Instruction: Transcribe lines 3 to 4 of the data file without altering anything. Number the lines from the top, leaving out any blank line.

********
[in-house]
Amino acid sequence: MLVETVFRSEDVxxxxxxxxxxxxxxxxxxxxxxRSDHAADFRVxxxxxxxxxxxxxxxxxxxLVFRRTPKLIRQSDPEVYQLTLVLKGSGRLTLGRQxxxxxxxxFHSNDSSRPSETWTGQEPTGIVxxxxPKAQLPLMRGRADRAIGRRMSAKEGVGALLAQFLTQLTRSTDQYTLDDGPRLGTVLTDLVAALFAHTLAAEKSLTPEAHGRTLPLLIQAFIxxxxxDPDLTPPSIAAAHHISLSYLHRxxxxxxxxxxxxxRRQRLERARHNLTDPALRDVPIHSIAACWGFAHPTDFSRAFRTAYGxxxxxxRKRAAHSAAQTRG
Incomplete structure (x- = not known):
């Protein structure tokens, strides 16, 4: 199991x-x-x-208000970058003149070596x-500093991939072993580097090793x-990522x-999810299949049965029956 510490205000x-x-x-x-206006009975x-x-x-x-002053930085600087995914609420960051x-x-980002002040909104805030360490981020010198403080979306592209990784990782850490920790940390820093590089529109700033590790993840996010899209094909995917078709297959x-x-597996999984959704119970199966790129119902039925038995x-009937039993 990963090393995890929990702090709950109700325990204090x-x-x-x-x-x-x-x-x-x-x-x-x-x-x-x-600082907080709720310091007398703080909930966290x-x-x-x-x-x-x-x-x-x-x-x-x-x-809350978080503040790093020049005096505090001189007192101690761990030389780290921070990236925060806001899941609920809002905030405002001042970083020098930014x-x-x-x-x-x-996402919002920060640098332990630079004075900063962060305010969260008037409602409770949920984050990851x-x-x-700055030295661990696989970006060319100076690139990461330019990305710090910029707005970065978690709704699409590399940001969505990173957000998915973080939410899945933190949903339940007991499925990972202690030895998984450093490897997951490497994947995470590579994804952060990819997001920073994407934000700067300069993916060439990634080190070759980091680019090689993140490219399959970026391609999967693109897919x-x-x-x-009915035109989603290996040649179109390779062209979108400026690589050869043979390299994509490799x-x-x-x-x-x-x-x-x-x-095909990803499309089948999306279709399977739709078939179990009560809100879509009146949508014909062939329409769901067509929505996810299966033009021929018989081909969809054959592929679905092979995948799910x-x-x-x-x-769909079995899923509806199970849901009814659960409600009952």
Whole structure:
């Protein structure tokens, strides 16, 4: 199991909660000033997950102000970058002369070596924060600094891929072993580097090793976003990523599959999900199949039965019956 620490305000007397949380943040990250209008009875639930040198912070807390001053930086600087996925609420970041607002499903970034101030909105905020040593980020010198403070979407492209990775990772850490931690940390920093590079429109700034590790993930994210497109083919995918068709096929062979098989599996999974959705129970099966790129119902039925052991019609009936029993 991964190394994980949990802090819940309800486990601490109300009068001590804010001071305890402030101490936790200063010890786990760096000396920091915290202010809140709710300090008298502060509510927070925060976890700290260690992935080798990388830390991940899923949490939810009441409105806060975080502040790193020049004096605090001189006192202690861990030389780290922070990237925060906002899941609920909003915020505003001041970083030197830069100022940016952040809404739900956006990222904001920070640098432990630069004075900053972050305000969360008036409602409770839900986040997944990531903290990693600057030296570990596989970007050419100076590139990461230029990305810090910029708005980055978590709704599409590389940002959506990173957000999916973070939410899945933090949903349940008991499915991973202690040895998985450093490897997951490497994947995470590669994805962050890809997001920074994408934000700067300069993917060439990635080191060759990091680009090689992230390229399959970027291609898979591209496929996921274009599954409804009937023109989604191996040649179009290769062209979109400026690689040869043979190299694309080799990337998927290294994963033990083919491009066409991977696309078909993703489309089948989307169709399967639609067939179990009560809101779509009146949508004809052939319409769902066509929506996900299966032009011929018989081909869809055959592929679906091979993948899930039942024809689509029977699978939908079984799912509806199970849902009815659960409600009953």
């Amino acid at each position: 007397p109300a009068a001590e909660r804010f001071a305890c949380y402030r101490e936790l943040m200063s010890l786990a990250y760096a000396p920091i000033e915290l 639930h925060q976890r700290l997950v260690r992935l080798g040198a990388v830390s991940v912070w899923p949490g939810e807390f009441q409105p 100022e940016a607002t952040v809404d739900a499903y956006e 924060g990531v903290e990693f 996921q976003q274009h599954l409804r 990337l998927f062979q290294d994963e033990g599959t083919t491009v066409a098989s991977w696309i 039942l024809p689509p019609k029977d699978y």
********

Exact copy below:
Incomplete structure (x- = not known):
């Protein structure tokens, strides 16, 4: 199991x-x-x-208000970058003149070596x-500093991939072993580097090793x-990522x-999810299949049965029956 510490205000x-x-x-x-206006009975x-x-x-x-002053930085600087995914609420960051x-x-980002002040909104805030360490981020010198403080979306592209990784990782850490920790940390820093590089529109700033590790993840996010899209094909995917078709297959x-x-597996999984959704119970199966790129119902039925038995x-009937039993 990963090393995890929990702090709950109700325990204090x-x-x-x-x-x-x-x-x-x-x-x-x-x-x-x-600082907080709720310091007398703080909930966290x-x-x-x-x-x-x-x-x-x-x-x-x-x-809350978080503040790093020049005096505090001189007192101690761990030389780290921070990236925060806001899941609920809002905030405002001042970083020098930014x-x-x-x-x-x-996402919002920060640098332990630079004075900063962060305010969260008037409602409770949920984050990851x-x-x-700055030295661990696989970006060319100076690139990461330019990305710090910029707005970065978690709704699409590399940001969505990173957000998915973080939410899945933190949903339940007991499925990972202690030895998984450093490897997951490497994947995470590579994804952060990819997001920073994407934000700067300069993916060439990634080190070759980091680019090689993140490219399959970026391609999967693109897919x-x-x-x-009915035109989603290996040649179109390779062209979108400026690589050869043979390299994509490799x-x-x-x-x-x-x-x-x-x-095909990803499309089948999306279709399977739709078939179990009560809100879509009146949508014909062939329409769901067509929505996810299966033009021929018989081909969809054959592929679905092979995948799910x-x-x-x-x-769909079995899923509806199970849901009814659960409600009952």